More than 60 Phoenix firefighters test positive for virus

More than 60 firefighters with the Phoenix Fire Department have tested positive for the coronavirus.

Phoenix Fire is the nation’s fifth largest fire department with 60 fire stations serving Arizona’s largest city.

As of July 7, the department had reported 62 positive COVID-19 cases among firefighters.

Another 100 members out of 1,585 are currently quarantined during the testing process, awaiting their results and seven civilian members have also tested positive.

“Right now our service delivery model is supporting the loss of the folks we have,” said Phoenix Fire Capt. Rob McDade. “So we’ve built everything out to a doomsday scenario of staffing, we’re doing critical staffing, folks are working extra shifts, it’s all hands on deck right now for the Phoenix Fire Department.”

Every third day, city firefighters report to duty for at least 24 hours and share a fire station with a variety of people while sleeping, eating and living together.


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As many as 60 Phoenix firefighters have been taken off duty within a day because of a single exposure due to the environment they work in. That results in a mandatory quarantine for firefighters until they are tested and receive their results.

Despite wearing full personal protective equipment, firefighters are still getting exposed and contracting coronavirus, which impacts their manpower.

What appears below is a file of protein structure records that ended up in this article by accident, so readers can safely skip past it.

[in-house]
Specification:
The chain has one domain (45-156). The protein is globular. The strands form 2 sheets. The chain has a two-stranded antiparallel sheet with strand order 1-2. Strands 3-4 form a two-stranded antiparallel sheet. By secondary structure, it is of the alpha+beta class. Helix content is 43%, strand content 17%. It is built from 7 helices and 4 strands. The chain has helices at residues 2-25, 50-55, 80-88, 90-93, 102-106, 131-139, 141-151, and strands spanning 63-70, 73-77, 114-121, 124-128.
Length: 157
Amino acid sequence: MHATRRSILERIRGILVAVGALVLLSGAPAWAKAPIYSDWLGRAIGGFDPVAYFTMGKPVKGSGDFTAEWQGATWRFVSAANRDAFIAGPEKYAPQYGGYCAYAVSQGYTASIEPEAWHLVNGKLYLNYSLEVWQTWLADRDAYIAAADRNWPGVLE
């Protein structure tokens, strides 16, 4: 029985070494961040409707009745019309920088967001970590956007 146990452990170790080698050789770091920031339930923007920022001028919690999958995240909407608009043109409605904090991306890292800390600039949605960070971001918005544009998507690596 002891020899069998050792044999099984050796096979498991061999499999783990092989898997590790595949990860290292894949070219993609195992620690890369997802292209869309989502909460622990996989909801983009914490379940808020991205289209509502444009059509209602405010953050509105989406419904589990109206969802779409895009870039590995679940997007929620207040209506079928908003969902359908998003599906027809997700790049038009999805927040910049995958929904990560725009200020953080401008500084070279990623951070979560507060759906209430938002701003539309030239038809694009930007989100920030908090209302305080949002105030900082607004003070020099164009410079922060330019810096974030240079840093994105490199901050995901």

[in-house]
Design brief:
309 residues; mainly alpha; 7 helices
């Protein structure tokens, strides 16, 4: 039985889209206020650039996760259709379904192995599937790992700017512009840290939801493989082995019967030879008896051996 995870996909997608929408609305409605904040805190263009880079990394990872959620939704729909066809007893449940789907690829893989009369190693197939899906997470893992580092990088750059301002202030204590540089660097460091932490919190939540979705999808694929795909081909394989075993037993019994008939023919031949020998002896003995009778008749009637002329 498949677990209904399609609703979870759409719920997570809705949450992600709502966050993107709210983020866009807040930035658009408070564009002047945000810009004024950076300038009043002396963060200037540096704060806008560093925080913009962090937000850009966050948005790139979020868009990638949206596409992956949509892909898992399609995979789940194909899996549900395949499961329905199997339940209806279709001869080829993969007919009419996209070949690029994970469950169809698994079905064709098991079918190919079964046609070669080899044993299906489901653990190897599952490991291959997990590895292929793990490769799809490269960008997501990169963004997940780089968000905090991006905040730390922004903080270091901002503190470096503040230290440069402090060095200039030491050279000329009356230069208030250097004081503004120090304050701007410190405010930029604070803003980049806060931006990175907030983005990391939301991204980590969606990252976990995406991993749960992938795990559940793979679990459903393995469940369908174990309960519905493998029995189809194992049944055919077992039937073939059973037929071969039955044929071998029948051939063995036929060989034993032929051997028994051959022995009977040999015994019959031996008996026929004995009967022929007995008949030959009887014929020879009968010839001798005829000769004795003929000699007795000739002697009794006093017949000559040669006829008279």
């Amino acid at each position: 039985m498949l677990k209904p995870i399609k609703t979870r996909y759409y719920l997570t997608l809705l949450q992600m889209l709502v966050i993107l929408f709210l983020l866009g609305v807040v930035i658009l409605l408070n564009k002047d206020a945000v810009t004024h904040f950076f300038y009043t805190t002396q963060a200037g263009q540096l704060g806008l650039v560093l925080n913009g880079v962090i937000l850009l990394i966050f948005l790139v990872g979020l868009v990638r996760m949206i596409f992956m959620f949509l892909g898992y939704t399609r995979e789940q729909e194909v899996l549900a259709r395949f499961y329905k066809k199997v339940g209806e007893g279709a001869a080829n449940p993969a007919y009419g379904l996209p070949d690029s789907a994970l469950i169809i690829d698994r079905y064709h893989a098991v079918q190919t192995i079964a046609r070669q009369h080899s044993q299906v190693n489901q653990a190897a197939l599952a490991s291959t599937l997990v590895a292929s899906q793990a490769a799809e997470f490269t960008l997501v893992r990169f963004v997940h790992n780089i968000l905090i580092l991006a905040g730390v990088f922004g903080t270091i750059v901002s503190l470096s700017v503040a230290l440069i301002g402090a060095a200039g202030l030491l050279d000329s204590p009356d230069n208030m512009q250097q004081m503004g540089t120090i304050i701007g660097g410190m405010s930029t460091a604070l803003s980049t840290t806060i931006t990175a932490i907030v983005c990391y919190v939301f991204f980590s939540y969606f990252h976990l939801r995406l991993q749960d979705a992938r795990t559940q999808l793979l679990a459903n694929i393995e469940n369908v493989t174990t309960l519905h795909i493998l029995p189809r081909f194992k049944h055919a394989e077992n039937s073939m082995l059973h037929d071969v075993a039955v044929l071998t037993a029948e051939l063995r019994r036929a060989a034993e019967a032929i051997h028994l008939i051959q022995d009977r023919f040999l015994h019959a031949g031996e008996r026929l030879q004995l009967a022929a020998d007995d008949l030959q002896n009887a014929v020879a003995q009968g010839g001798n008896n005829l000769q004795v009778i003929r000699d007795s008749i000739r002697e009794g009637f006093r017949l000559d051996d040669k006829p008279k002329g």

“It wasn’t until the re-opening when we started seeing our cases actually skyrocket,” McDade said. “Our numbers grew exponentially.

“We had multiple members at one station, then a few days later, we had another rash of multiple members at another station... We’re starting to stretch our numbers in our personnel, people working 48 to 72-hour shifts.”

McDade said two Phoenix fire stations have been deep cleaned with electromagnetic cleaners and the rest cleaned by members every day. They also have a COVID-19 decontamination protocol in place for their ambulances.

For most people, the new coronavirus causes mild or moderate symptoms, such as fever and cough that clear up in two to three weeks. For some — especially older adults and people with existing health problems — it can cause more severe illness, including pneumonia, and death.

The Phoenix Firefighters Association represents about 1,600 firefighters in the city. The union also has members from other fire departments including Glendale, Tempe, Chandler, Surprise and Peoria.

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